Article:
We now are fully involved in the crush of festivities and holiday shopping that traditionally mark the beginning of the sprint to New Year’s Eve. This is the season of peace on earth and good will toward our fellow man, right? Not always.
A Challenging Season
The holidays have the uncanny ability to produce high levels of stress, feelings of depression, and sometimes misdirected anger. We have a tendency to overschedule, indulge in food and drink, and spend too much on gifts, leaving a sense of exhaustion and even resentment toward family, friends, and coworkers.
Those without close family or loved ones feel the weight of spending the holidays alone. Left unchecked, those negative feelings can lay the groundwork for short tempers, organizational conflict, and inappropriate behavior. As HR professionals, you’re charged with protecting the enterprise, which includes protecting your most important resource — the human resource!
What You Can Do
As guardian of the corporate culture, you are uniquely positioned to provide support and inclusion to those in need through educational programs, immediate intervention, and psychological support in the form of employee assistance programs (EAPs).
We often expect supervisors to know how to effectively intervene and interact with a troubled employee without providing them with the basic tools they need to identify someone in distress. Behaviors such as isolationism, lack of humor, lack of focus, negativity, excessive conflict with associates, trouble sleeping, absenteeism, and a generally bleak outlook on life all can be signs of depression.
While there may be valid reasons for temporary periods of questionable behavior, prolonged or intensifying displays of behaviors similar to those described above can indicate a more serious problem. Supervisors should be taught to:
- Recognize the signs and symptoms of inappropriate behavior.
- Intervene as soon as possible or appropriate.
- Document all interactions and recommendations made to the employee.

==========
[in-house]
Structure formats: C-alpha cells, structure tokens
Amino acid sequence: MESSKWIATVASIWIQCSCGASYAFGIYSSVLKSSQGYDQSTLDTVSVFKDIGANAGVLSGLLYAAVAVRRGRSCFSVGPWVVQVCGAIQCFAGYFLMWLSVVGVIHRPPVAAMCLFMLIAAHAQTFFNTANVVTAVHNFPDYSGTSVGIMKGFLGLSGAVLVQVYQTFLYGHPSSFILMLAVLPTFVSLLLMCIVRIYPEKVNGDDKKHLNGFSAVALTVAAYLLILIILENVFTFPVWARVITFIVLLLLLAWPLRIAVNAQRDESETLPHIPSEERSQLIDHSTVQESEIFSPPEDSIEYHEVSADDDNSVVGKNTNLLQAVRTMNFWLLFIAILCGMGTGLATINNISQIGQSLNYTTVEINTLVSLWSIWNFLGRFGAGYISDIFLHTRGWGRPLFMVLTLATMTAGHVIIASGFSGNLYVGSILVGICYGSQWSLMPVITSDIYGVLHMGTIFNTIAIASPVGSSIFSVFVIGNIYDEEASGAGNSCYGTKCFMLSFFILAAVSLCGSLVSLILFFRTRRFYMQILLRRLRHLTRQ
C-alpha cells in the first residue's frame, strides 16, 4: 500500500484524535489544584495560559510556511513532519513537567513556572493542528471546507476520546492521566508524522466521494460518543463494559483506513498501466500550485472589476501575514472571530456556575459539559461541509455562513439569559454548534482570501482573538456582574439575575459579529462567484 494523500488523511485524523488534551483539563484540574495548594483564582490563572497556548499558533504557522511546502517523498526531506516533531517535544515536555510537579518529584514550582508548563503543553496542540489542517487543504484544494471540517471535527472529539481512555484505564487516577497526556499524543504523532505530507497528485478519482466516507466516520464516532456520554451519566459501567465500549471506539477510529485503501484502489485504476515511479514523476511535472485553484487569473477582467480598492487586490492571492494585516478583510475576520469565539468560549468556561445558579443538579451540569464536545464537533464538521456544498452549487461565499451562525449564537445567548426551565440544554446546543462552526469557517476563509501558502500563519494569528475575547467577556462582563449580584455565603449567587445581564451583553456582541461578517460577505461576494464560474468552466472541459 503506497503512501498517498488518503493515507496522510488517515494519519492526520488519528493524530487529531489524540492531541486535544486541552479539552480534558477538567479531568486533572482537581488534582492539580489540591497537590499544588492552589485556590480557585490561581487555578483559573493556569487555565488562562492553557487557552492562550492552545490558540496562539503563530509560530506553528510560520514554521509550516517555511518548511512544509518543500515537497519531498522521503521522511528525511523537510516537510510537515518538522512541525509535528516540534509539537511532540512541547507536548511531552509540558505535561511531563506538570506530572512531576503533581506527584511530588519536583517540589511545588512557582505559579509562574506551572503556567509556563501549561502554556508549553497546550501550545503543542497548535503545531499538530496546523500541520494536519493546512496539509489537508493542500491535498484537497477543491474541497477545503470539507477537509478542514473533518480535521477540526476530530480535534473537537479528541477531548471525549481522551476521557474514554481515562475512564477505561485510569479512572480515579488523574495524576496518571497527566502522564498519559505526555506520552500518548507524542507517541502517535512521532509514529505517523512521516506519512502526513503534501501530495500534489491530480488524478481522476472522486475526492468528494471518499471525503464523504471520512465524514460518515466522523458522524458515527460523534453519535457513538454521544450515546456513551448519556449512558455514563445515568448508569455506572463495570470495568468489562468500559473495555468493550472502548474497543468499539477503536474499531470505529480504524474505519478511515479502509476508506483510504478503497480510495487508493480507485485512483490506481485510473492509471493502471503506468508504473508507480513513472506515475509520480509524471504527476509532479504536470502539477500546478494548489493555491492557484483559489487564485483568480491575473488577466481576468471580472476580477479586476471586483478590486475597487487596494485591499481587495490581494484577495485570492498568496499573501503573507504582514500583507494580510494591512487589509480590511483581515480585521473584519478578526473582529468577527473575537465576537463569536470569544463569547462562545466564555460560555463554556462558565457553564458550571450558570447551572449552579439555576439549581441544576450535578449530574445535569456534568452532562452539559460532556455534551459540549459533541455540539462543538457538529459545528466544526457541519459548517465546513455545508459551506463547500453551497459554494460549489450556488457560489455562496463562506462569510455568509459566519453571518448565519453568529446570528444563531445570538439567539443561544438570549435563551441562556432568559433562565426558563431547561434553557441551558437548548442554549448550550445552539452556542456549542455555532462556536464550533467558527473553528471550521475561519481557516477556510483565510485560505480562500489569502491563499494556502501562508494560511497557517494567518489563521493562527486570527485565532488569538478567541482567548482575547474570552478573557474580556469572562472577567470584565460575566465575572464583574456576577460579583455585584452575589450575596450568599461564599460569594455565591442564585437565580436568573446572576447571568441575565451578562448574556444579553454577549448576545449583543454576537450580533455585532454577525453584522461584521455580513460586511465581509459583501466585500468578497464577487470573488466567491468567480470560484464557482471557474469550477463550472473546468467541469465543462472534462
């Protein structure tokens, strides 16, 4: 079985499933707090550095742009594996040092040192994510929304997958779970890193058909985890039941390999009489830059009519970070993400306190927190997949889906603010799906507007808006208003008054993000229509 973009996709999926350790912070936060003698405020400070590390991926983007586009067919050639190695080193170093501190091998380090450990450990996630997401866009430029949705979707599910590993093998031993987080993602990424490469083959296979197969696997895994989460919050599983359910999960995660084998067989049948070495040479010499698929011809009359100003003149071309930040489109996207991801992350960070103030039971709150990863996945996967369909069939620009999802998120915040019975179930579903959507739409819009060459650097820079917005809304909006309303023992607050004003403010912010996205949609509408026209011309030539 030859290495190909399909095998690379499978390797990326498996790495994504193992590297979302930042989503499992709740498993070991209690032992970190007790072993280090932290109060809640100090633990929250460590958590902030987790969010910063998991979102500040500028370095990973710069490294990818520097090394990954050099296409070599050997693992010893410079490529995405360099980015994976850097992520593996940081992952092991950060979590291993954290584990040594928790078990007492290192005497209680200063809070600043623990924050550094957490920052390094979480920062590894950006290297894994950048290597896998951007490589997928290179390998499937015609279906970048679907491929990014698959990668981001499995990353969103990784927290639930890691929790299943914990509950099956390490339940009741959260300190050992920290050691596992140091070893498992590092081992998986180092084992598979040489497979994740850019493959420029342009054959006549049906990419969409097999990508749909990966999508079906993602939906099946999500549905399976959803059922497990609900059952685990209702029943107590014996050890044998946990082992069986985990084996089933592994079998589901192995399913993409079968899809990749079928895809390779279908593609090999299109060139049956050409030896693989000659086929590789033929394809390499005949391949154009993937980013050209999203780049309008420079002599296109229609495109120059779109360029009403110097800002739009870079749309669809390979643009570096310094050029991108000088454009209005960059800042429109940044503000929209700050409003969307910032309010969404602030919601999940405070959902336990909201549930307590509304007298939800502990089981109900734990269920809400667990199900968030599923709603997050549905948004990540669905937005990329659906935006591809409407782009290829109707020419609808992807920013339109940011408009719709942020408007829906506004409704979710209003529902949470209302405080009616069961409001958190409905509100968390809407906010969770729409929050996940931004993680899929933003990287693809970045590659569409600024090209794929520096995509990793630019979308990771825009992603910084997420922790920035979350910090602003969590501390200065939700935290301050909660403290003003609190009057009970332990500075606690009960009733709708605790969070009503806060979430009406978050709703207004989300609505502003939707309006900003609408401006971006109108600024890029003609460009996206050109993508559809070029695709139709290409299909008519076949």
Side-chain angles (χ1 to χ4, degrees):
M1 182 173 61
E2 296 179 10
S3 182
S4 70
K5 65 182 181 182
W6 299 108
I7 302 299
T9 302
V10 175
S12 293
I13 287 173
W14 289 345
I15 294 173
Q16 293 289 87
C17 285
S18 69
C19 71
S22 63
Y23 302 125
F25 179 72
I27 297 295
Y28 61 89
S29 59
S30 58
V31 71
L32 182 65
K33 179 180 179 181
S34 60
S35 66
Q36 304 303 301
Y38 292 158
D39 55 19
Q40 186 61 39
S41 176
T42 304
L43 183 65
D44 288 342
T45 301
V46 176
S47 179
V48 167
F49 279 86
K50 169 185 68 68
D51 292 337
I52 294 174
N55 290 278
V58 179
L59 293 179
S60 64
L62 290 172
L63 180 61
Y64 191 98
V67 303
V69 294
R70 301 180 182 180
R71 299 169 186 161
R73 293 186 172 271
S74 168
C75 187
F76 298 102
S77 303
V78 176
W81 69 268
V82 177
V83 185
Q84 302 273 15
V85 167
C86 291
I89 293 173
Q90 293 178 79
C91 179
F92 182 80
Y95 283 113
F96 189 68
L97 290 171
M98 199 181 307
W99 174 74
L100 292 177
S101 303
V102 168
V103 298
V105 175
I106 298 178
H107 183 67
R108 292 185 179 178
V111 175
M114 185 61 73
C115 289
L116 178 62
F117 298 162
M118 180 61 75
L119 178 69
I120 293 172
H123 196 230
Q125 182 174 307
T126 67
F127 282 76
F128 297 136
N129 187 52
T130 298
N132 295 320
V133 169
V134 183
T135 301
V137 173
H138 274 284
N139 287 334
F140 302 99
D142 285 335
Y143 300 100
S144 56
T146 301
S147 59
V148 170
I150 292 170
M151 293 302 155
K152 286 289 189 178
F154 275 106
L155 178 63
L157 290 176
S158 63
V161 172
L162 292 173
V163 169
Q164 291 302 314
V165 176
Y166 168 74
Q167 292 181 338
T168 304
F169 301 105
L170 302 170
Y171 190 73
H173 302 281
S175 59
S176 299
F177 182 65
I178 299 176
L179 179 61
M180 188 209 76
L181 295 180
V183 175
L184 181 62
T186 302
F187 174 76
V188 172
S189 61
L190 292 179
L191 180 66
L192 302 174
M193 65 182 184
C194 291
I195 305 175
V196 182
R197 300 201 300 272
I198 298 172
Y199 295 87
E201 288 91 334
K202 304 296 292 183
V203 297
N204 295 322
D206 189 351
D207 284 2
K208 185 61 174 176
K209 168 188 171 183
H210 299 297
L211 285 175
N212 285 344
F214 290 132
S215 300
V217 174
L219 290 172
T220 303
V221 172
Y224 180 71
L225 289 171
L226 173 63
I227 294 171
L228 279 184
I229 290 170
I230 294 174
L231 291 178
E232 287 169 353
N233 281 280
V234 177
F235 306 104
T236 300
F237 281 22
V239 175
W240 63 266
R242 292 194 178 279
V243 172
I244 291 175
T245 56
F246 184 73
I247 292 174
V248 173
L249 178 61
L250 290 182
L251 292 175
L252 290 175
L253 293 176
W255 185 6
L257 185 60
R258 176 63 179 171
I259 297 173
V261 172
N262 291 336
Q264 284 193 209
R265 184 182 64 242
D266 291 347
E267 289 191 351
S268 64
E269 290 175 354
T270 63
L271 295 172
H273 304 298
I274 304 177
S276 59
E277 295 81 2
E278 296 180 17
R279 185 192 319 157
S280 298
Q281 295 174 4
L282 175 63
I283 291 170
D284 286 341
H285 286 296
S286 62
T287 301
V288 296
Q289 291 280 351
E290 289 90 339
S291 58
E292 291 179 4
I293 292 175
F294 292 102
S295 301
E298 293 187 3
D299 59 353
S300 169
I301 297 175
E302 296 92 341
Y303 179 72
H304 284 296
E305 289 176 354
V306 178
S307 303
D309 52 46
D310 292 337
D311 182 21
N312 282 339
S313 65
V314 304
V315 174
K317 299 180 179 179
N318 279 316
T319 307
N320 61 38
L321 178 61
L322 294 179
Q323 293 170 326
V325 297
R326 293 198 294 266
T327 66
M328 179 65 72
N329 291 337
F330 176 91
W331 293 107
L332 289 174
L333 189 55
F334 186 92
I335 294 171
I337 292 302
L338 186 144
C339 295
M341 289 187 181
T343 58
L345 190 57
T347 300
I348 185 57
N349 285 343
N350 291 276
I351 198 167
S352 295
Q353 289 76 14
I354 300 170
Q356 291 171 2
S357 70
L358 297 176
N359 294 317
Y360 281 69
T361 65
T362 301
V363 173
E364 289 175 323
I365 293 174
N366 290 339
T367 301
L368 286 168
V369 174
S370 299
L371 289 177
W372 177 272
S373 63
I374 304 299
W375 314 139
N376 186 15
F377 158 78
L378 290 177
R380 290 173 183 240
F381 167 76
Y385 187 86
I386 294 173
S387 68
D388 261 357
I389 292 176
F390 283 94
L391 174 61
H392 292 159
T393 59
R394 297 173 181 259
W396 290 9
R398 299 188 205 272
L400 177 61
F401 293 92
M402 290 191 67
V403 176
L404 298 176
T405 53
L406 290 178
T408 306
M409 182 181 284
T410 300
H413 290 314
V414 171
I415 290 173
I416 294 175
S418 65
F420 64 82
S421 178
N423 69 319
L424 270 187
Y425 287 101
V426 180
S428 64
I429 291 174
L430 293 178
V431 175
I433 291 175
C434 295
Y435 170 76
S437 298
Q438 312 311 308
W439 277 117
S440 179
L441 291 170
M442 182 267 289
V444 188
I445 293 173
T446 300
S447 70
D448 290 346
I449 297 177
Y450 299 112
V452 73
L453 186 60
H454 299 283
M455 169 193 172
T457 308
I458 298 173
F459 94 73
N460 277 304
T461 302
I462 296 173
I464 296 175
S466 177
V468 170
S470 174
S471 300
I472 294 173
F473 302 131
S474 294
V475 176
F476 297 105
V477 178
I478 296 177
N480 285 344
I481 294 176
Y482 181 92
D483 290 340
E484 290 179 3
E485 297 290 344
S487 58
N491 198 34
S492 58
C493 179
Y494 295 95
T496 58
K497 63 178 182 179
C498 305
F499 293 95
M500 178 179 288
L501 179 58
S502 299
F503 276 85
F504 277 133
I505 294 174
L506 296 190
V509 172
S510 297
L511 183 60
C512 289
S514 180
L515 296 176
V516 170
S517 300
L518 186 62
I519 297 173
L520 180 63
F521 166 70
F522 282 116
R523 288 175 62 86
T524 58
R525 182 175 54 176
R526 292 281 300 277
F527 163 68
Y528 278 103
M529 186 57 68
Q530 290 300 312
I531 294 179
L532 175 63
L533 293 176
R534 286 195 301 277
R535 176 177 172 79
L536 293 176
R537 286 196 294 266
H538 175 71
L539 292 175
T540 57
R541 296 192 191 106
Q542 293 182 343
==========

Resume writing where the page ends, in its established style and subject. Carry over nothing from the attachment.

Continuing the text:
- Suggest appropriate internal resources and support programs, usually in the form of HR and EAP.
- Impose discipline and corrective actions.
- Assist the employee in reintegrating into the workforce.
You always have the right, and in fact the obligation, to intervene around behaviors that endanger the well-being of coworkers or success of the organization. Your intervention might get the employee the help he needs to survive, and even enjoy, a stressful holiday season!
Remind supervisors about EAPs and work-life programs, which can range from “800″ telephone numbers giving immediate referrals to programs that include face-to-face counseling and support. It’s important that supervisors understand the specific model and intricacies of your program.
In addition to extending the services listed above, HR professionals might also consider the following holiday suggestions:
- Since holidays often center around families, consider being more flexible with schedules.
- If your organization celebrates with a holiday party, remember diversity. It’s important to honor and include all your employees.
- Limit or exclude alcohol from company-sponsored holiday celebrations.
- Monitor employees who may be struggling, and be prepared to extend a compassionate hand.
Following those simple steps can provide the basis for a happy, healthy, and, most important, safe holiday season.
Michael G. McCourt is the founder and CEO of Michael G. McCourt Associates, Inc., a crisis security management consulting firm. Send him your crisis management questions. Michael can be reached at firstname.lastname@example.org or by visiting www.mgmassociates.com.
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Excerpted from HR Insight. HR Insight does not attempt to offer solutions to individual problems but to provide information about current developments in human resources and employment law. Questions about individual legal problems should be addressed to the attorney of your choice. Find an attorney in the Employers Counsel Network.